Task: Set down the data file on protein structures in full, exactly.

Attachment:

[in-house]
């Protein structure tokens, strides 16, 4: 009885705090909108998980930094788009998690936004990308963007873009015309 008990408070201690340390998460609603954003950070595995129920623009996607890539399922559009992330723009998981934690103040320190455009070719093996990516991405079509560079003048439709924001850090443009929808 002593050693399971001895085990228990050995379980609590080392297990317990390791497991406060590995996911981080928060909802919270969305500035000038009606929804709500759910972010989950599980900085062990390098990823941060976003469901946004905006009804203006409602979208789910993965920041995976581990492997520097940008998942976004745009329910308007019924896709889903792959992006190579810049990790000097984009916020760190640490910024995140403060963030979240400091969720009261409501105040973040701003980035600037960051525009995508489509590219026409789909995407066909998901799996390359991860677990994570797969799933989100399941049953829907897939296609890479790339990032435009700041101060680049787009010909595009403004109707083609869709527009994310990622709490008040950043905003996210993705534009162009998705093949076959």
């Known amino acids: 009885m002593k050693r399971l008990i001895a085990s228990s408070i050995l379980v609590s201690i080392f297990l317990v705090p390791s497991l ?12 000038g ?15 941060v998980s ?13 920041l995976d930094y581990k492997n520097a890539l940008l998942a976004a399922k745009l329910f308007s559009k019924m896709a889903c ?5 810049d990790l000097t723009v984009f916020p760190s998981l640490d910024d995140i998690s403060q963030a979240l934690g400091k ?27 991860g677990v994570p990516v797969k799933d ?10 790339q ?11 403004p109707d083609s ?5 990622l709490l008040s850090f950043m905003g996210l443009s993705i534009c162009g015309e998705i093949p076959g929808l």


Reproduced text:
[in-house]
């Protein structure tokens, strides 16, 4: 009885705090909108998980930094788009998690936004990308963007873009015309 008990408070201690340390998460609603954003950070595995129920623009996607890539399922559009992330723009998981934690103040320190455009070719093996990516991405079509560079003048439709924001850090443009929808 002593050693399971001895085990228990050995379980609590080392297990317990390791497991406060590995996911981080928060909802919270969305500035000038009606929804709500759910972010989950599980900085062990390098990823941060976003469901946004905006009804203006409602979208789910993965920041995976581990492997520097940008998942976004745009329910308007019924896709889903792959992006190579810049990790000097984009916020760190640490910024995140403060963030979240400091969720009261409501105040973040701003980035600037960051525009995508489509590219026409789909995407066909998901799996390359991860677990994570797969799933989100399941049953829907897939296609890479790339990032435009700041101060680049787009010909595009403004109707083609869709527009994310990622709490008040950043905003996210993705534009162009998705093949076959």
């Known amino acids: 009885m002593k050693r399971l008990i001895a085990s228990s408070i050995l379980v609590s201690i080392f297990l317990v705090p390791s497991l ?12 000038g ?15 941060v998980s ?13 920041l995976d930094y581990k492997n520097a890539l940008l998942a976004a399922k745009l329910f308007s559009k019924m896709a889903c ?5 810049d990790l000097t723009v984009f916020p760190s998981l640490d910024d995140i998690s403060q963030a979240l934690g400091k ?27 991860g677990v994570p990516v797969k799933d ?10 790339q ?11 403004p109707d083609s ?5 990622l709490l008040s850090f950043m905003g996210l443009s993705i534009c162009g015309e998705i093949p076959g929808l």